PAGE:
In her column, "Get Gorgeous with Grace Gold," our intrepid beauty reporter Grace Gold investigates products and treatments that really work to keep you looking young, sexy and fabulous.

My lashes, after 7 weeks on Latisse. Photo: Clara Meredith

I'm a bit of a lash addict.

I've tried lash extensions, natural lash conditioning treatments, false eye lashes and just about every drugstore and too-expensive-to-admit-I-bought-it mascara out there.

So when all the fuss over Latisse wouldn't quiet down, I knew I had to play guinea pig once more. I accepted an offer from the company to try a complimentary bottle of the lash grower.

Originally a drug to treat glaucoma, Latisse's main ingredient, bimatoprost, was accidentally found to grow thicker and longer lashes as a (surprisingly pleasant) side effect in glaucoma patients. Beauty giant Allergan -- the pharmaceutical company behind Botox -- instantly saw a potential goldmine, and created the first FDA-approved lash growth drug. It costs a pretty-penny -- $120 for a 30-day supply that's not covered by insurance -- and requires a prescription from a doctor. Most women ask their opthalmologist or dermatologist.

I have to admit something off the bat here. I didn't exactly use it the way it's prescribed. The liquid comes in a dropper that you're supposed to apply to a disposable brush, and then glide the tip over your lash line, as you would eyeliner, once every night. The instructions specify to use one drop per eye, and to toss the brush after you use it, as each bottle of Latisse comes with 30 little brushes (one for each night).

The first night I tried Latisse, I dutifully applied a drop to one of these brushes and it almost completely absorbed the first drop. It took a fat second drop to coat the brush in enough product to be able to start lining my lash lines.

Questions popped into my penny-pinching head. Would two drops per eye mean one bottle of Latisse would only last me 15 days, versus one month? And now I was supposed to throw this little brush away? It seemed so wasteful.

(No, the truth is, I'm just really cheap.)

So I rang one of my equally lash-obsessed makeup artist friends in Los Angeles for advice, who -- not surprisingly -- was already using Latisse, and turned out to be feeling as frugal as me.

"Too much product goes to waste with those brushes. I use a skinny eyeliner brush with it, and just disinfect it afterward," she told me.

Now there's an idea.

So using an ultra fine eyeliner brush every night, I carefully applied a full coating of product to both lash lines with just one drop of liquid. Seven weeks later, my bottle is still going strong - and those little brushes are coming in handy as ideal smudge erasers when dipped in eye makeup remover.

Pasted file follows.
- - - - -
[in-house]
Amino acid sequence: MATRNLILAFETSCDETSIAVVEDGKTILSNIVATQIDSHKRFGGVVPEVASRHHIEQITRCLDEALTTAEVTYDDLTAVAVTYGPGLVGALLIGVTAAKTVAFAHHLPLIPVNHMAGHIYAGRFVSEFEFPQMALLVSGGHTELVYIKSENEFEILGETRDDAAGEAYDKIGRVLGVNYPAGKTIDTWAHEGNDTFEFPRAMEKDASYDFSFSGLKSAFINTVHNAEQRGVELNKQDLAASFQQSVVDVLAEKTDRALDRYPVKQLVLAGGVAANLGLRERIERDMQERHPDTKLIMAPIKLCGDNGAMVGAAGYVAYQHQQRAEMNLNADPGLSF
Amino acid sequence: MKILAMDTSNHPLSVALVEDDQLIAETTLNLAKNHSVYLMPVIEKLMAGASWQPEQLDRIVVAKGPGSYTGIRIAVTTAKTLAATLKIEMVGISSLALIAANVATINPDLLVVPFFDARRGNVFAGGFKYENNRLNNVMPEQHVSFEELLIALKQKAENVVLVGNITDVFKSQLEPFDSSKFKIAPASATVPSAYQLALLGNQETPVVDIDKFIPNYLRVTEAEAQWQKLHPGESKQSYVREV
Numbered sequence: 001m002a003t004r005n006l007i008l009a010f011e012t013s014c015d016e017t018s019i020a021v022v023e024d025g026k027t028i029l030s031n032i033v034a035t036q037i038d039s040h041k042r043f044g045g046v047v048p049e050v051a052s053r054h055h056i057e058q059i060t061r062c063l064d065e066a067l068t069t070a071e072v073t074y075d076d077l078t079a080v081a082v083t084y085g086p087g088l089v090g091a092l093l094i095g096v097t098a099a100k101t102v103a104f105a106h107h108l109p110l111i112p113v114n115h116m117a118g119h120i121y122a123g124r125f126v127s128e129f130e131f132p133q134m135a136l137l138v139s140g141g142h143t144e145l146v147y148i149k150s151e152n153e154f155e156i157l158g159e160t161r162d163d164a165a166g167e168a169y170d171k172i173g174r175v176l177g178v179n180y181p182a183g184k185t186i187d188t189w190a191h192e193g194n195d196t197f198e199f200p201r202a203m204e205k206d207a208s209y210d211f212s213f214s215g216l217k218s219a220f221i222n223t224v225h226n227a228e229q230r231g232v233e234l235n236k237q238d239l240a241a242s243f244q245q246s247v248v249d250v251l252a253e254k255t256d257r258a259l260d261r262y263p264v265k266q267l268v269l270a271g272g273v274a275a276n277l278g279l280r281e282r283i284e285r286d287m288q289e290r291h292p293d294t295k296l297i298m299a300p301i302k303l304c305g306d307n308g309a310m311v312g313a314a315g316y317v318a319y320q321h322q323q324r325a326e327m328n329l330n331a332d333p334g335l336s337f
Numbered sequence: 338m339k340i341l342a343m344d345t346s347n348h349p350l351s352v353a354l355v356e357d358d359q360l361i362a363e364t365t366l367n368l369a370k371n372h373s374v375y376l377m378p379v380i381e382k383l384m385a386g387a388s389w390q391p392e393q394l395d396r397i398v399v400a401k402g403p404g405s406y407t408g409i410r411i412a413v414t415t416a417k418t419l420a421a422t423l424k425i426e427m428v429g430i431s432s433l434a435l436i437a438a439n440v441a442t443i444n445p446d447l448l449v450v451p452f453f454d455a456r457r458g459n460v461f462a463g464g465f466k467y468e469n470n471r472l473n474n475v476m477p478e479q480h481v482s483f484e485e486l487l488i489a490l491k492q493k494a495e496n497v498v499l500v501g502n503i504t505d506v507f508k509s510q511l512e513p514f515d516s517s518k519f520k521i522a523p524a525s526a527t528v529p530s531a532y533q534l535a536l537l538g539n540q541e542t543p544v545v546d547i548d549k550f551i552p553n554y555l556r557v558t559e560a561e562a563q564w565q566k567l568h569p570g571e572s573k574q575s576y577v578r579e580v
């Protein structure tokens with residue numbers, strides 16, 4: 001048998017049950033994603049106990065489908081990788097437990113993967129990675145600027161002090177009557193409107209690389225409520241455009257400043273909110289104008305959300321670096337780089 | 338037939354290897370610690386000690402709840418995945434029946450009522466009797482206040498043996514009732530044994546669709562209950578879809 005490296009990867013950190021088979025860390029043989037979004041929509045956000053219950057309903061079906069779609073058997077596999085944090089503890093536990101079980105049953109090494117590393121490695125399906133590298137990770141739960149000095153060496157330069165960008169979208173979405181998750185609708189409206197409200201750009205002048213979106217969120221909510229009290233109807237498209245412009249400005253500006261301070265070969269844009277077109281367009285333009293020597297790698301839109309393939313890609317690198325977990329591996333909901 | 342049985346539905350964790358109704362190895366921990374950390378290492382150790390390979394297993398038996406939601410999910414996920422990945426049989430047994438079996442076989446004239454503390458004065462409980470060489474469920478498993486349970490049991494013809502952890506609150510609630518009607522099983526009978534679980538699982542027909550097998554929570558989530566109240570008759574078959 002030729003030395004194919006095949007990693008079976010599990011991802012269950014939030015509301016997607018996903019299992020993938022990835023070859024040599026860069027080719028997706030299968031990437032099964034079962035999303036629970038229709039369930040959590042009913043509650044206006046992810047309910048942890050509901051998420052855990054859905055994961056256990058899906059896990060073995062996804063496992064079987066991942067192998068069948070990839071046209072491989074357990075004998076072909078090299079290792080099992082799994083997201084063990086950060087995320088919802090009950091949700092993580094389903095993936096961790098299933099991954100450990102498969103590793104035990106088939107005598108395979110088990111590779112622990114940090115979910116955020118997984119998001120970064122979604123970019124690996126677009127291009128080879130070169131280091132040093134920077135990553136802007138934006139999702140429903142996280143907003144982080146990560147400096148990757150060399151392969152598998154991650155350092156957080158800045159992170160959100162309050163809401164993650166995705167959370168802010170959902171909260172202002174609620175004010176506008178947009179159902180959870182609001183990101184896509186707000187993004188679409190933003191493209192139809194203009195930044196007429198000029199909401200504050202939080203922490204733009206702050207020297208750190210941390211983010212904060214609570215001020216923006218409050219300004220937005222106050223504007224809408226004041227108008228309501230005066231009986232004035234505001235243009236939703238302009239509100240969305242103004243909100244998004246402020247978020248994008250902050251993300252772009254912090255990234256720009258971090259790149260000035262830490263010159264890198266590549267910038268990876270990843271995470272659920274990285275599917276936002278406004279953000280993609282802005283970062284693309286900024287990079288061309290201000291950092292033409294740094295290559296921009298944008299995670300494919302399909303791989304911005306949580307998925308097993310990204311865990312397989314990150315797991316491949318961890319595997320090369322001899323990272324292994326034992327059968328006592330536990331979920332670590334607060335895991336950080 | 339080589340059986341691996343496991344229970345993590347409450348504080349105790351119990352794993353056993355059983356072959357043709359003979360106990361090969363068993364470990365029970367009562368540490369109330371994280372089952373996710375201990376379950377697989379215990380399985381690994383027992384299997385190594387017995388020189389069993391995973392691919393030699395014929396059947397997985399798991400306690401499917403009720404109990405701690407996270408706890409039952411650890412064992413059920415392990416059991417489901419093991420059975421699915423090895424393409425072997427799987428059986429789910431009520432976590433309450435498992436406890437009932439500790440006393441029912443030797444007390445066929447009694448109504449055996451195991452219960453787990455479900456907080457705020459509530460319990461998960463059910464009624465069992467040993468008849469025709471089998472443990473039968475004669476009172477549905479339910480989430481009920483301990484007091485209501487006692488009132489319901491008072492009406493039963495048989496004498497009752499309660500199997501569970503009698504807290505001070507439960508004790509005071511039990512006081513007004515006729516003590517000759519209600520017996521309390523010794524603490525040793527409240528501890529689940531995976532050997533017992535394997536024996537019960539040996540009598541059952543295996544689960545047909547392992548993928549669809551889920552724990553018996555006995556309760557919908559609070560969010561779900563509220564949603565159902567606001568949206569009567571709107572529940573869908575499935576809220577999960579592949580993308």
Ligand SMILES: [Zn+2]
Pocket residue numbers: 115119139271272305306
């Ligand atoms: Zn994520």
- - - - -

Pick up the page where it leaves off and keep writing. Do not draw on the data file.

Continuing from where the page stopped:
My lashes before (left) and after (right) seven weeks of treatment. Photo: Grace Gold

As it turns out, my girlfriend and I aren't the only ones looking for cheaper solutions; StyleList recently wrote about women who are using generic glaucoma drugs off-label as a less expensive alternative to Latisse. But remember, if you use Latisse in any way other than the prescribed method, you could be exposing yourself to increased side effects and risks -- of which there are a few serious issues to consider.

In clinical tests, 4% of users reported eye itchiness and/or redness. A rare side effect is increased brown pigmentation of blue and green eyes, which is likely to be permanent. Some users have also noticed hyper-pigmentation on the eye lid, which is temporary. And, on consumer review sites like Makeup Alley, some have complained about lashes growing where they shouldn't, like in the inner corner of the eye.

With my disclaimer out of the way, let's talk results.

I'm beyond impressed. Seven weeks into the suggested 12-16 week treatment period, my lashes have already taken flight; they flutter like butterfly wings.

I've noticed a palpable difference in the thickness and density of my lashes too. One coat of my favorite Dior Diorshow Mascara in the morning, and my lashes make me feel like a sexy, flirty Betty Boop all day.

Length-wise, my results rival that of my lash extension days - which were delicate, difficult and expensive to maintain with touch-ups needed every three weeks. (Really, what was I thinking?)

My outer lashes have grown lusher than my inner lashes, as I tend to concentrate the product on the mid to outer corners where I have more control over the liquid. If you go too far in, the drop slides more easily into the eye - which can mean a greater chance of side effects.

The final verdict?

While my results are addictively lush and long, I can't imagine going through the fuss of refilling an expensive prescription every month (or, ahem - every other month) to maintain the regime. Natural lash conditioning alternatives like Rapid Lash don't quite match the results of Latisse in my experience, but they're priced at a fraction of the cost, require no prescription and do increase lash growth quite nicely.

So if you want longer lashes without breaking the bank or using a prescription drug, go with a natural alternative like Rapid Lash.

But if you're a vixen in search of a serious lash fix, Latisse will help you get it on like no other.

Grace Gold is a beauty writer and the author of the eBook The Boob Job Bible: 10 Steps To A Sexy, Safe Breast Augmentation.